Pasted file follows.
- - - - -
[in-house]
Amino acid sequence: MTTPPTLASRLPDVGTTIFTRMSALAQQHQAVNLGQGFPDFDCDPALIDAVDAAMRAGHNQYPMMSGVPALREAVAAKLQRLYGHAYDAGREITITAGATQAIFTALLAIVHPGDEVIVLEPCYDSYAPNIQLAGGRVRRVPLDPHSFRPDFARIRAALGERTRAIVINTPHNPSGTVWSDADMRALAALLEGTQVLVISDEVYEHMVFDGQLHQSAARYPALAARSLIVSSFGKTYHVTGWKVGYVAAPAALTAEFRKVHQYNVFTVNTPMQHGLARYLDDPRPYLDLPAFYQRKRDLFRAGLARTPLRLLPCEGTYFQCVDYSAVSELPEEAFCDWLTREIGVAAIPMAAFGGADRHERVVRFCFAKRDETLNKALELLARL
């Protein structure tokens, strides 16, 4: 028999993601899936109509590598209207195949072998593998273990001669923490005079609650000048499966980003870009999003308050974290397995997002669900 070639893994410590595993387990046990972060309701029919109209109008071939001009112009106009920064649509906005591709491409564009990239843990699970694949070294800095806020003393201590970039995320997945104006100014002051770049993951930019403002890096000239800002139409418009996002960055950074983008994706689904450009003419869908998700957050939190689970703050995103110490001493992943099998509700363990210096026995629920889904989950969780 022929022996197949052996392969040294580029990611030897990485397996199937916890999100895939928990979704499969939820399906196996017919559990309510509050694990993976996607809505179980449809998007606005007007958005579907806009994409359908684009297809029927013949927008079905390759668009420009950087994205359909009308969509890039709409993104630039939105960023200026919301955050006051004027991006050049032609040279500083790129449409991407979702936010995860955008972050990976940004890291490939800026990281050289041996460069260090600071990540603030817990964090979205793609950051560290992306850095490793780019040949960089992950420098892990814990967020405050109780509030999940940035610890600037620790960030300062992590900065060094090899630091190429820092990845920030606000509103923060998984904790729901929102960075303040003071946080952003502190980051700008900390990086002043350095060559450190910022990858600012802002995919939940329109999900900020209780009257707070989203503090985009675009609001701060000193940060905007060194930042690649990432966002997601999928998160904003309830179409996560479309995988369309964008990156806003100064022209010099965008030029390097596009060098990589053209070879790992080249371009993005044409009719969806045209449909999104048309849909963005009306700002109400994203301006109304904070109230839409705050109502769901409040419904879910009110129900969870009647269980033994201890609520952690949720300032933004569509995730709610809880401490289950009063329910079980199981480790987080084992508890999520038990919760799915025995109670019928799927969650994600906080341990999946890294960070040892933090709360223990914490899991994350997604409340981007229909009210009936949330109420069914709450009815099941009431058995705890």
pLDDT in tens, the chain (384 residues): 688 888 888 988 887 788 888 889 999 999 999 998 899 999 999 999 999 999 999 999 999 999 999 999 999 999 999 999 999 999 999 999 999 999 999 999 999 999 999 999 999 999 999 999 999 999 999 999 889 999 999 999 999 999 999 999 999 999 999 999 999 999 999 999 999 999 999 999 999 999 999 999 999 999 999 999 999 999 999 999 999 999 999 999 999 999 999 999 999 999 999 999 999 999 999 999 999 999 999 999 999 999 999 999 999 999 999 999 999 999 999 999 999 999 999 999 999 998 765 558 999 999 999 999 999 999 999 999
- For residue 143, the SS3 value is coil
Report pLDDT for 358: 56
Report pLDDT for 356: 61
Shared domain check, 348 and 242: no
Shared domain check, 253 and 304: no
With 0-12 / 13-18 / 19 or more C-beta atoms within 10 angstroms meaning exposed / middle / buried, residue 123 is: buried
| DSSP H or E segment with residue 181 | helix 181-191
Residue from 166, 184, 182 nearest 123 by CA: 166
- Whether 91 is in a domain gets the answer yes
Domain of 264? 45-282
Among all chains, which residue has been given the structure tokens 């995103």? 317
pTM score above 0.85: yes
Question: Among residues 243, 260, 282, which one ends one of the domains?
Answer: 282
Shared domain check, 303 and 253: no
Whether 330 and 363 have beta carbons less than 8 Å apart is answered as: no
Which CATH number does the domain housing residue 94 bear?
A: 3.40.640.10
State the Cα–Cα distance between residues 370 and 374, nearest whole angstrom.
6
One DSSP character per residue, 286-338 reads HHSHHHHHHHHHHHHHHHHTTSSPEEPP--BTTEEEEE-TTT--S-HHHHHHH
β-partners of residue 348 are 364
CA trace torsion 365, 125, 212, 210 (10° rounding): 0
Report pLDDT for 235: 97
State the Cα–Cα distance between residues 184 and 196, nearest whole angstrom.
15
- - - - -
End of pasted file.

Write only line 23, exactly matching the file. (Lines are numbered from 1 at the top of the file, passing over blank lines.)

State the Cα–Cα distance between residues 370 and 374, nearest whole angstrom.